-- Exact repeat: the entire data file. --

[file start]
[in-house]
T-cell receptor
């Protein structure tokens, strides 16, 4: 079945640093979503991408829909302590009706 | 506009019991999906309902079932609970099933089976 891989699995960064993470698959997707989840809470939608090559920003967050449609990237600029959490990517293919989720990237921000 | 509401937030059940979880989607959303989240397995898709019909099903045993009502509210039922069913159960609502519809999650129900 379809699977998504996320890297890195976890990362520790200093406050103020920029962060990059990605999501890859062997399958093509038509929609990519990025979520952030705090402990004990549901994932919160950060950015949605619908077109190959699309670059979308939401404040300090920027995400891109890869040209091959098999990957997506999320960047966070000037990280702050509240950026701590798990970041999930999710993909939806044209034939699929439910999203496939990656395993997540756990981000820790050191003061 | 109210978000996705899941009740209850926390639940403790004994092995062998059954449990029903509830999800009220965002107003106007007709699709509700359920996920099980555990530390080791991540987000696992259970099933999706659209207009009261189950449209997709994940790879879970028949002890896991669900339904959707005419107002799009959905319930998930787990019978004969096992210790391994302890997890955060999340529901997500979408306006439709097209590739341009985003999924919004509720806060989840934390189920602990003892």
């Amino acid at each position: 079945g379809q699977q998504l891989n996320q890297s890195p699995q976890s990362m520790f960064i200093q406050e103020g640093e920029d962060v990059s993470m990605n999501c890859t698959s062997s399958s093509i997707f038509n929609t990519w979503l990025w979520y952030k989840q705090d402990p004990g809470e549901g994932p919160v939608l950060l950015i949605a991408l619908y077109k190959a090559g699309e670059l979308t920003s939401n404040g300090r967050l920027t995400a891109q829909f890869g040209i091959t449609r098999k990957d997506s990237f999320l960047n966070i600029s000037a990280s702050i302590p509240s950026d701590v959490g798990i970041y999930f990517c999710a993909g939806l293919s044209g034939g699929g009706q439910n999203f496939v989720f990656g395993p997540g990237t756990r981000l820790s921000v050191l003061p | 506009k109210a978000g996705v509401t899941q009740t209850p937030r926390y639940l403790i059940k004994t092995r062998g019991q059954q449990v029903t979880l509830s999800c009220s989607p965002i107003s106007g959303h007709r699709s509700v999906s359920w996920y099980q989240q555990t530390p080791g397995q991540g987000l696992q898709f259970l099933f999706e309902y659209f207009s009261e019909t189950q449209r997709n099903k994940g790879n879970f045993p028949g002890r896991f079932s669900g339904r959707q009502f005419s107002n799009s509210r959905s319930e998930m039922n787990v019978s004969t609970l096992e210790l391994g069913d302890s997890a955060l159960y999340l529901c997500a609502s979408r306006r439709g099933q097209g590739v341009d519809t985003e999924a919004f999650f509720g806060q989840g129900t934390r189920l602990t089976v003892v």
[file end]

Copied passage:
[in-house]
T-cell receptor
């Protein structure tokens, strides 16, 4: 079945640093979503991408829909302590009706 | 506009019991999906309902079932609970099933089976 891989699995960064993470698959997707989840809470939608090559920003967050449609990237600029959490990517293919989720990237921000 | 509401937030059940979880989607959303989240397995898709019909099903045993009502509210039922069913159960609502519809999650129900 379809699977998504996320890297890195976890990362520790200093406050103020920029962060990059990605999501890859062997399958093509038509929609990519990025979520952030705090402990004990549901994932919160950060950015949605619908077109190959699309670059979308939401404040300090920027995400891109890869040209091959098999990957997506999320960047966070000037990280702050509240950026701590798990970041999930999710993909939806044209034939699929439910999203496939990656395993997540756990981000820790050191003061 | 109210978000996705899941009740209850926390639940403790004994092995062998059954449990029903509830999800009220965002107003106007007709699709509700359920996920099980555990530390080791991540987000696992259970099933999706659209207009009261189950449209997709994940790879879970028949002890896991669900339904959707005419107002799009959905319930998930787990019978004969096992210790391994302890997890955060999340529901997500979408306006439709097209590739341009985003999924919004509720806060989840934390189920602990003892």
């Amino acid at each position: 079945g379809q699977q998504l891989n996320q890297s890195p699995q976890s990362m520790f960064i200093q406050e103020g640093e920029d962060v990059s993470m990605n999501c890859t698959s062997s399958s093509i997707f038509n929609t990519w979503l990025w979520y952030k989840q705090d402990p004990g809470e549901g994932p919160v939608l950060l950015i949605a991408l619908y077109k190959a090559g699309e670059l979308t920003s939401n404040g300090r967050l920027t995400a891109q829909f890869g040209i091959t449609r098999k990957d997506s990237f999320l960047n966070i600029s000037a990280s702050i302590p509240s950026d701590v959490g798990i970041y999930f990517c999710a993909g939806l293919s044209g034939g699929g009706q439910n999203f496939v989720f990656g395993p997540g990237t756990r981000l820790s921000v050191l003061p | 506009k109210a978000g996705v509401t899941q009740t209850p937030r926390y639940l403790i059940k004994t092995r062998g019991q059954q449990v029903t979880l509830s999800c009220s989607p965002i107003s106007g959303h007709r699709s509700v999906s359920w996920y099980q989240q555990t530390p080791g397995q991540g987000l696992q898709f259970l099933f999706e309902y659209f207009s009261e019909t189950q449209r997709n099903k994940g790879n879970f045993p028949g002890r896991f079932s669900g339904r959707q009502f005419s107002n799009s509210r959905s319930e998930m039922n787990v019978s004969t609970l096992e210790l391994g069913d302890s997890a955060l159960y999340l529901c997500a609502s979408r306006r439709g099933q097209g590739v341009d519809t985003e999924a919004f999650f509720g806060q989840g129900t934390r189920l602990t089976v003892v």